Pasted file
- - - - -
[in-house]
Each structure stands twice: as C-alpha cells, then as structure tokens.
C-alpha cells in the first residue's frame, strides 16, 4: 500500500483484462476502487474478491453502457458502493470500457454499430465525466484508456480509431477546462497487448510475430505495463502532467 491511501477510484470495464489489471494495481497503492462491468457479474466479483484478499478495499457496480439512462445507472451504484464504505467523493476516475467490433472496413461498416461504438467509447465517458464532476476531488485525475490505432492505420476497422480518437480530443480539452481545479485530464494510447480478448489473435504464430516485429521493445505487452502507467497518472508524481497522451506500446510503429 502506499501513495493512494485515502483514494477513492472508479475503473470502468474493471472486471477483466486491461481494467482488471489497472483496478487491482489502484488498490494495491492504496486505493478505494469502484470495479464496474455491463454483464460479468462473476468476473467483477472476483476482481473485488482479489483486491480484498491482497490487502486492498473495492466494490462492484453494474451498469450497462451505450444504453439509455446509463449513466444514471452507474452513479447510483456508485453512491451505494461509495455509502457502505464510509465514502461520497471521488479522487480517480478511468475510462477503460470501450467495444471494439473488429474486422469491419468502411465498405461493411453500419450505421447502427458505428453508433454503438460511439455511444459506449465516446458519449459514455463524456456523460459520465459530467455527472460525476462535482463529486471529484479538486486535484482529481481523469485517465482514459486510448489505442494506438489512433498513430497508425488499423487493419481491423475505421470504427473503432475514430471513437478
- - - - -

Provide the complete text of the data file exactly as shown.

[in-house]
Each structure stands twice: as C-alpha cells, then as structure tokens.
C-alpha cells in the first residue's frame, strides 16, 4: 500500500483484462476502487474478491453502457458502493470500457454499430465525466484508456480509431477546462497487448510475430505495463502532467 491511501477510484470495464489489471494495481497503492462491468457479474466479483484478499478495499457496480439512462445507472451504484464504505467523493476516475467490433472496413461498416461504438467509447465517458464532476476531488485525475490505432492505420476497422480518437480530443480539452481545479485530464494510447480478448489473435504464430516485429521493445505487452502507467497518472508524481497522451506500446510503429 502506499501513495493512494485515502483514494477513492472508479475503473470502468474493471472486471477483466486491461481494467482488471489497472483496478487491482489502484488498490494495491492504496486505493478505494469502484470495479464496474455491463454483464460479468462473476468476473467483477472476483476482481473485488482479489483486491480484498491482497490487502486492498473495492466494490462492484453494474451498469450497462451505450444504453439509455446509463449513466444514471452507474452513479447510483456508485453512491451505494461509495455509502457502505464510509465514502461520497471521488479522487480517480478511468475510462477503460470501450467495444471494439473488429474486422469491419468502411465498405461493411453500419450505421447502427458505428453508433454503438460511439455511444459506449465516446458519449459514455463524456456523460459520465459530467455527472460525476462535482463529486471529484479538486486535484482529481481523469485517465482514459486510448489505442494506438489512433498513430497508425488499423487493419481491423475505421470504427473503432475514430471513437478